A Persian Cafe, Edward Lord Weeks

Tuesday, 7 June 2016

Links, June 2016

Considering that 90% of the sixth Harry Potter film was just about teenagers being frisky and hormonal, they could at least have done it the proper way: as a teen comedy.

The current Republican party is depressing for a number of reasons, including its positions on immigration. There was a better time, though: see this 1980 video of soon-to-be-POTUS Ronald Reagan and his soon-to-be-VPOTUS (and successor as POTUS) George H.W. Bush discussing illegal immigration.

Have you heard that "Happy Birthday" is under copyright, and can only be used in films at great expense? Turns out the copyright has been overturned! (Yes, this is old news. It was recent at the time I added it to my list of links, dammit!)

Despite its lack of Euro '16 coverage, FiveThirtyEight.com remains one of my very favourite websites. One of the reasons is its coverage of questions which are not only important, but with answers that are applicable to daily life. To wit: when should you turn up for a party?

Zilla Van Den Born's holiday to Thailand was unlike any other: it took place entirely in her flat, through the medium of Photoshop.

A review of Brighouse and Swift's Family Values, a book which argued that the imperative of social equality places strong limits upon what parents can do for their kids. The book, for me, exemplified two of the great malaises of modern political philosophy: attempting to provide essentially consequentialist grounds for essentially deontological concepts like non-legal rights, and armchair psychology presented as moral principles.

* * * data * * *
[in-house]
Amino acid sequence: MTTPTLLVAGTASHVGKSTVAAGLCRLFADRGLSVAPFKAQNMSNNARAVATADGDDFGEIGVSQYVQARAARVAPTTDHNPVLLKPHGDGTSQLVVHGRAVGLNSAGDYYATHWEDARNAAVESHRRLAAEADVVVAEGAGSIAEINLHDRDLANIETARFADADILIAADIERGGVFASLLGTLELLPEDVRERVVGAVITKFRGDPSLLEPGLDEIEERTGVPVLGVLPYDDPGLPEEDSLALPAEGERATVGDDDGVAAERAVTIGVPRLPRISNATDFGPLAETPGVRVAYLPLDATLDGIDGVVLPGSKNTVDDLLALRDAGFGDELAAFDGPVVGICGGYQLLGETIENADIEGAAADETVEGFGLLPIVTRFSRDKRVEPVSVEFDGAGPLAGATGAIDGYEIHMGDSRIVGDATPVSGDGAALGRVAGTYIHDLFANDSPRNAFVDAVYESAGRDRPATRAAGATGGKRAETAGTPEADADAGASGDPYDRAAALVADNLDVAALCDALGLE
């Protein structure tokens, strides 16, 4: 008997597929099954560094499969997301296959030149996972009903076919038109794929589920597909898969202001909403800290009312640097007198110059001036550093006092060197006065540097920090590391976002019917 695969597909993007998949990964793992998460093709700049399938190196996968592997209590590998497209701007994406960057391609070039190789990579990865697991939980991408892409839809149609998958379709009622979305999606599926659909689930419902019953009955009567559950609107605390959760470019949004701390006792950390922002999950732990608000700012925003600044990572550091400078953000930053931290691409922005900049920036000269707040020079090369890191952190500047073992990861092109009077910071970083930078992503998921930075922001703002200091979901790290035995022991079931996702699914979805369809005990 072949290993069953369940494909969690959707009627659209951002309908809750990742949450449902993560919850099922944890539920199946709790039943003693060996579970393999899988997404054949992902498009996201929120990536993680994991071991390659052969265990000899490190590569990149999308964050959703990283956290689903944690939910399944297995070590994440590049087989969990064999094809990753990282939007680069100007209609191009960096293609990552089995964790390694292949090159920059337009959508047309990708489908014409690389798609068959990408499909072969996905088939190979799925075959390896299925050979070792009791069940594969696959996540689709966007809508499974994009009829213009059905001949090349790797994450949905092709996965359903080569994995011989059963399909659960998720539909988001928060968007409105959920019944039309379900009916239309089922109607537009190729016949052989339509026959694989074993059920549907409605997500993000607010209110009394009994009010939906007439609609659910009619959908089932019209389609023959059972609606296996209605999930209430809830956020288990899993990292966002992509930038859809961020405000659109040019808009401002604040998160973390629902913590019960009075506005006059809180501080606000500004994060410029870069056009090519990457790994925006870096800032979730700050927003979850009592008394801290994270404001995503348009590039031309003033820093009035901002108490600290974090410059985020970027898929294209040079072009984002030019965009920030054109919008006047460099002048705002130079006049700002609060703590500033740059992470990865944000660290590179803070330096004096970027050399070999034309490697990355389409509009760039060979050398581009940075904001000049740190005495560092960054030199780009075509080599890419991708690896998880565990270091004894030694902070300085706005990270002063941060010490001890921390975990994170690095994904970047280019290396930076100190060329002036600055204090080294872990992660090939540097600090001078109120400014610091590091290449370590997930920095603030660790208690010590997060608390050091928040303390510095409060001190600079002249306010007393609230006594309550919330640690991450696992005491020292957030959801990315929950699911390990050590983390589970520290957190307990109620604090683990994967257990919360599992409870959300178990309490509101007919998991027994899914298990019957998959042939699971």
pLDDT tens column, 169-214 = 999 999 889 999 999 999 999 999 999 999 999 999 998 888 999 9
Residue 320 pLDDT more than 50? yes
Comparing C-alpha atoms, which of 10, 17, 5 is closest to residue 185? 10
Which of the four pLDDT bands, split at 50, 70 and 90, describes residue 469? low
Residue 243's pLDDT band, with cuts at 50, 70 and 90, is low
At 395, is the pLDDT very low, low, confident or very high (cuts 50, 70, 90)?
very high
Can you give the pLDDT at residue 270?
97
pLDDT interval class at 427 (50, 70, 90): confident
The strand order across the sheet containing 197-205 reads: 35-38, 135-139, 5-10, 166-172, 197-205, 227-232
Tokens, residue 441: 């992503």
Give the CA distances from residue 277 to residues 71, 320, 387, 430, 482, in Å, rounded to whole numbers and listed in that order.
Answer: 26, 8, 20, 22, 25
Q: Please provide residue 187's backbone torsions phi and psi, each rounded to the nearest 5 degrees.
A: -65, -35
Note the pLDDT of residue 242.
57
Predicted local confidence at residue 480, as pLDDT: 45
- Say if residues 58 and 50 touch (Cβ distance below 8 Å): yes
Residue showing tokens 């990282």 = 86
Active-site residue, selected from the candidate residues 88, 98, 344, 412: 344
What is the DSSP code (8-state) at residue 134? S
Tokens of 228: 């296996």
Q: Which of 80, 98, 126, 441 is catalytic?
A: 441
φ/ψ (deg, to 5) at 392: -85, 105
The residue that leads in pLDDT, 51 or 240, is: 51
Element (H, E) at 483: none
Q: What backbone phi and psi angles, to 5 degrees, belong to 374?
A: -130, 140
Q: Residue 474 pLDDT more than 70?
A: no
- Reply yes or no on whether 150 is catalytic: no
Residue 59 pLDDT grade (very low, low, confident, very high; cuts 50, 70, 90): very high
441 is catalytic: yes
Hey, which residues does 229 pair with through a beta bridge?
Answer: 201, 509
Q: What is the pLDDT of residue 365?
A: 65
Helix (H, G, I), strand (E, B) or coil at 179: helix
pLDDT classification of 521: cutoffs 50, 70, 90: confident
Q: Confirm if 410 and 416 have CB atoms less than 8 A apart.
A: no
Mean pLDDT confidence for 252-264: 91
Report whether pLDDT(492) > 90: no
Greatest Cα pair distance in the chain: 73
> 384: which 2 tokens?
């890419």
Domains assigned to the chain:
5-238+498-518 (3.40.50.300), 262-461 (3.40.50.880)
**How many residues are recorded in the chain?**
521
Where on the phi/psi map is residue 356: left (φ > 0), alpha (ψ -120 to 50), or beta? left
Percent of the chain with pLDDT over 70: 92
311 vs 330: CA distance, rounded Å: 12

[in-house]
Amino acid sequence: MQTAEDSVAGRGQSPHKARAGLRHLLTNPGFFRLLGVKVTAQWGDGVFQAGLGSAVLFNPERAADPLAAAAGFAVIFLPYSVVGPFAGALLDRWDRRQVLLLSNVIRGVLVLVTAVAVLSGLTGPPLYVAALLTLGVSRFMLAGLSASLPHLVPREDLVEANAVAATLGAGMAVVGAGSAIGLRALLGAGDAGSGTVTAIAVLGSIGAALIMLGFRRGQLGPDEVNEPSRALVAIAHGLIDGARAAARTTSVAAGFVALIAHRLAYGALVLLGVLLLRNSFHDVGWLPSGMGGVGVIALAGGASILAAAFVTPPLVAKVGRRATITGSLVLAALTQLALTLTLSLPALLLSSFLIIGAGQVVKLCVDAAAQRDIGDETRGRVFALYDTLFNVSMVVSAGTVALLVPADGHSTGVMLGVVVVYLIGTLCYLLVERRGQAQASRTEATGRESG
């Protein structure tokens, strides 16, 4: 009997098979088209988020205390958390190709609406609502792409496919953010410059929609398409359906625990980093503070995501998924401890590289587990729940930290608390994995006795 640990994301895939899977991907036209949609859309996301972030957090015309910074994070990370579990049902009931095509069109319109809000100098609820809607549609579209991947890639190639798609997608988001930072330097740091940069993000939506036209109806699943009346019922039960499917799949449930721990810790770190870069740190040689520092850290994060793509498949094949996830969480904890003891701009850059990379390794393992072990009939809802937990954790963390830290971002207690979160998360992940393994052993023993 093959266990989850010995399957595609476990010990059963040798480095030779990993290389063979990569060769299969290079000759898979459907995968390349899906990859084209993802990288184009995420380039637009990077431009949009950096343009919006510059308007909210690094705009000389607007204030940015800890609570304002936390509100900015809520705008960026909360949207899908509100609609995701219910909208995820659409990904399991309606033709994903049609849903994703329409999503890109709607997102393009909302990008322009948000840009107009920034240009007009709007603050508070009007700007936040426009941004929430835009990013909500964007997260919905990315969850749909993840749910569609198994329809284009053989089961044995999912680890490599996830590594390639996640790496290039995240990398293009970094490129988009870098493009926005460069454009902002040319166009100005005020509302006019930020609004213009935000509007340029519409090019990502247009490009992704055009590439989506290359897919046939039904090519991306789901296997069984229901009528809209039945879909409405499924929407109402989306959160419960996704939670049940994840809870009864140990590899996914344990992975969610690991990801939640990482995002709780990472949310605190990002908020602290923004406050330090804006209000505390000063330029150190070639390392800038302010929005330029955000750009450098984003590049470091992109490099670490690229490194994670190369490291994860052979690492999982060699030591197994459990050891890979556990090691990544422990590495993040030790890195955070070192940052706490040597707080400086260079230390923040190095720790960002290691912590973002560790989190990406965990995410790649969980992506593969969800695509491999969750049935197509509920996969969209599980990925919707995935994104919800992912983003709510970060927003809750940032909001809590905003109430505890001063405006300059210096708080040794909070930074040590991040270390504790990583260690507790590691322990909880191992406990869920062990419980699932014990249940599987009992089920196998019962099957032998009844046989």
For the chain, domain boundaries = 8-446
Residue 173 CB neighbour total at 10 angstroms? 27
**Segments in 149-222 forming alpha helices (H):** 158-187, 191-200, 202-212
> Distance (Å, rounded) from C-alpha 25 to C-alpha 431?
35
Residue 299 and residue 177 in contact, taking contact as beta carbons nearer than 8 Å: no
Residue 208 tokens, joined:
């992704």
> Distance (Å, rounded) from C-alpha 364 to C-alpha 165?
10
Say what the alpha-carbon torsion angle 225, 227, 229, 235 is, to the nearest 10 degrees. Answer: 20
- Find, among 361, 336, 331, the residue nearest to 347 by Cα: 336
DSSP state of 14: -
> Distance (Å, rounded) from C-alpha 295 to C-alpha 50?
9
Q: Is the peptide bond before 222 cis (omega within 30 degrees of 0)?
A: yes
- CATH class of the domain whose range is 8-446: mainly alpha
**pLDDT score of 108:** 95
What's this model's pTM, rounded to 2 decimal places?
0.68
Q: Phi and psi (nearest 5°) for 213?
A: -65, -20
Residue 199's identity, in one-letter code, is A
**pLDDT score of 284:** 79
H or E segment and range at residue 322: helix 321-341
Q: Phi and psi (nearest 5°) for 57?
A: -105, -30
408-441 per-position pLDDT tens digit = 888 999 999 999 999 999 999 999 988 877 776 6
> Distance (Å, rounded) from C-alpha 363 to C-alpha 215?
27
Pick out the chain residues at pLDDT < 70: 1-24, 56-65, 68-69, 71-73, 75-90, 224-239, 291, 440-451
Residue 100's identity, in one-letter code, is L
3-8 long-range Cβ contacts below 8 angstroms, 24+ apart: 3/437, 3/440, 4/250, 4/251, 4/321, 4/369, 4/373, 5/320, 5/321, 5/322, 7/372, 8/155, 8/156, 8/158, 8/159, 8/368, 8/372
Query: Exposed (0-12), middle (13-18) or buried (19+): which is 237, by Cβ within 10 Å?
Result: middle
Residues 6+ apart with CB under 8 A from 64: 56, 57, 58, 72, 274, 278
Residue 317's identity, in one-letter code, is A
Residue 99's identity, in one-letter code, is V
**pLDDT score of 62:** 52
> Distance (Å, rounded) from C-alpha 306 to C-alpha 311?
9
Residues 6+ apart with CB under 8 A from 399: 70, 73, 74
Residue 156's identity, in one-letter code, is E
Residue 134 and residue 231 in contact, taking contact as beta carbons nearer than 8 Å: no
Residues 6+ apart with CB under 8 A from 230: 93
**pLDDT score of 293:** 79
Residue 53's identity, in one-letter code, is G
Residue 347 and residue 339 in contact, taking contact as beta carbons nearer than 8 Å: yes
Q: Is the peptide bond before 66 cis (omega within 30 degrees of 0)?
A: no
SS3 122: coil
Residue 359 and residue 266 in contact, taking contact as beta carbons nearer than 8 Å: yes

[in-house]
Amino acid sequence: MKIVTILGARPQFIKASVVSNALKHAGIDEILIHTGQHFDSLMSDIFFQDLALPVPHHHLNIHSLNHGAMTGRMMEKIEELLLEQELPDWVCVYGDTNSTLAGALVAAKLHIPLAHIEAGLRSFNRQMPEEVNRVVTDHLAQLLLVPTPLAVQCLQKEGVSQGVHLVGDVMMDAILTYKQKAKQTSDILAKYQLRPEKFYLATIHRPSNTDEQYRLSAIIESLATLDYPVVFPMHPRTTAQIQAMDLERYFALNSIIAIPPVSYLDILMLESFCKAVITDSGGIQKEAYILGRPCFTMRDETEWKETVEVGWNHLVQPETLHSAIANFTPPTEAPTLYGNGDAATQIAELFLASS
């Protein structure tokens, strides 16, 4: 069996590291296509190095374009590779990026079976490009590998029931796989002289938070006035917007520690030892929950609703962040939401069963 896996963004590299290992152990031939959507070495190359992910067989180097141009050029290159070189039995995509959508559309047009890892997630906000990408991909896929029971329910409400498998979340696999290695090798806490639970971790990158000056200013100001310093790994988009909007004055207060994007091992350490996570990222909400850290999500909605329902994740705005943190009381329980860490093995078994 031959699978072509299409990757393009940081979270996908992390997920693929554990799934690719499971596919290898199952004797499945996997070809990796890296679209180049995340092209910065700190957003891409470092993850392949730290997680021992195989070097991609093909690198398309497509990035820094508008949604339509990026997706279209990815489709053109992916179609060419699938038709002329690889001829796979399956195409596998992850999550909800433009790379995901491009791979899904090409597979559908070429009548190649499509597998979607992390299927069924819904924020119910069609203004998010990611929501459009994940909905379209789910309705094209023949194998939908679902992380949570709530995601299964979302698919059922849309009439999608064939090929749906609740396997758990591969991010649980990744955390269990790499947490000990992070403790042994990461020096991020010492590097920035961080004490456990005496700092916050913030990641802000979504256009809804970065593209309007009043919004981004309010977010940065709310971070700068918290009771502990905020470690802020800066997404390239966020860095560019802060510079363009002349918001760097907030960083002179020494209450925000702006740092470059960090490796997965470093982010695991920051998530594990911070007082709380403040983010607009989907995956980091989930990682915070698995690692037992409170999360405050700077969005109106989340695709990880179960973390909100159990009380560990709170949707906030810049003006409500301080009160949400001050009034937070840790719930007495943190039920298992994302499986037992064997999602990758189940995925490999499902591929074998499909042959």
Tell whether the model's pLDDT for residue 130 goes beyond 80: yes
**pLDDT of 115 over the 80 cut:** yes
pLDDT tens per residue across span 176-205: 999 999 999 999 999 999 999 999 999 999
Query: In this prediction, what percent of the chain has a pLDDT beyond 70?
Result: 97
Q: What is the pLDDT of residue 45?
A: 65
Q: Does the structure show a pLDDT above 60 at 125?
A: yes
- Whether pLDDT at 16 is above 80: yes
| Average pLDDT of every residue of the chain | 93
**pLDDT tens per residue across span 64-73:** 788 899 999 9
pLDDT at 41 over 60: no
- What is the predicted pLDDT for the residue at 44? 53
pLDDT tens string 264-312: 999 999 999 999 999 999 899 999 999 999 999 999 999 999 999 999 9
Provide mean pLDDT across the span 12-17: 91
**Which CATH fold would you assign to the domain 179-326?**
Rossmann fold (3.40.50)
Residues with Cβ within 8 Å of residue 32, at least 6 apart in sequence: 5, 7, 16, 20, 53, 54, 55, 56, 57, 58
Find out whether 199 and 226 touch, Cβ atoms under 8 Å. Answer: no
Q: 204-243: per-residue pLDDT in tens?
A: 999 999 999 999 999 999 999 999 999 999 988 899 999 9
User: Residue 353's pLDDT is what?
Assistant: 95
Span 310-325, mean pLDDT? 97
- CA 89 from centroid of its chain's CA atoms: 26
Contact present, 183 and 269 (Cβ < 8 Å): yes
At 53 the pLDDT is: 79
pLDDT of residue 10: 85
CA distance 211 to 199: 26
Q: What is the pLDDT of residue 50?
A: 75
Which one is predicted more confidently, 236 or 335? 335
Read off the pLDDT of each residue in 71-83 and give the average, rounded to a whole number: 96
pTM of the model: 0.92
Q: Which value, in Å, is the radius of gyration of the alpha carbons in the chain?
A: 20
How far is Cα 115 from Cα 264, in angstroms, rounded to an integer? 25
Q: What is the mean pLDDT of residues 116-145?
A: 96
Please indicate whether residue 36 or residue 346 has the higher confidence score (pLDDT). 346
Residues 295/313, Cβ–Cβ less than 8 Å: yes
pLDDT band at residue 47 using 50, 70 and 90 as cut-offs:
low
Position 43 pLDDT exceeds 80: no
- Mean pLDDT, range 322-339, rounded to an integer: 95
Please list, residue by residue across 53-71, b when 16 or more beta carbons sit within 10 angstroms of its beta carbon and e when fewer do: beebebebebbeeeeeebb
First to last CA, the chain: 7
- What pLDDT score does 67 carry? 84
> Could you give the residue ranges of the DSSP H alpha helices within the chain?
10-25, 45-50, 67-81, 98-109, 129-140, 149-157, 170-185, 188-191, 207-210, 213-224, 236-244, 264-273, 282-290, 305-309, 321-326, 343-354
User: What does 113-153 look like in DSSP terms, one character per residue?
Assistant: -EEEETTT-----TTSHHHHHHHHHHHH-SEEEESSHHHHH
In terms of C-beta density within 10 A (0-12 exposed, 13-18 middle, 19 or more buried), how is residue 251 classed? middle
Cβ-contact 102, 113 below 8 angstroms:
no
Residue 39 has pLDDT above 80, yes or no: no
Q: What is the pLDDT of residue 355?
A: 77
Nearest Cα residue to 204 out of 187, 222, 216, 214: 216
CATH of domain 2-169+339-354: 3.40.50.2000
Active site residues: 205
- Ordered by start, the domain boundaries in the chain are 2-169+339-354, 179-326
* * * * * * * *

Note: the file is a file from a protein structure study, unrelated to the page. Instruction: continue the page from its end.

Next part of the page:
(Worryingly, these seem set to continue. I recently had a conversation with a PhD student working in this area, and trollishly suggested that egalitarian governments should intervene to encourage non-assortative mating. Obviously you can't force people to marry outside their social class, but if you can require military service why can't you require them to occasionally go on a date with someone they otherwise wouldn't? If you can subsidise marriage, why can't you give a higher subsidy to cross-class marriage? Her objection was that "it would require us to identify some people as the least attractive, and this would be harmful to their self-esteem." Presumably the collection and publication of income statistics is impermissibly harmful to the self-esteem of those on low incomes, and if some independently of the government were to come up with an objective measure of which people are least attractive then as an egalitarian this PhD would have had no further objections to my proposed measures. But I digress.)
In any case, the review is worth reading as a critique of the book on its own terms.

The Independent (to which, RIP): "Christians are the world's most persecuted people".
Salon (to which, please also die): "The Myth of Christian Persecution".
Sort yourself out, left-wing media complex!

A fascinating attempt to portray anti-suffragism as it was seen by sensible, liberal, anti-suffragists. The argument about maintaining a non-politicised sphere of society hits very close to me: people should be able to avoid politics, and the current fashion of right-ons for insisting that everyone vote is not only dangerous and misguided as a way of improving the world, but deeply depressing. If you are interested in politics and you follow one of these links, make it this one.

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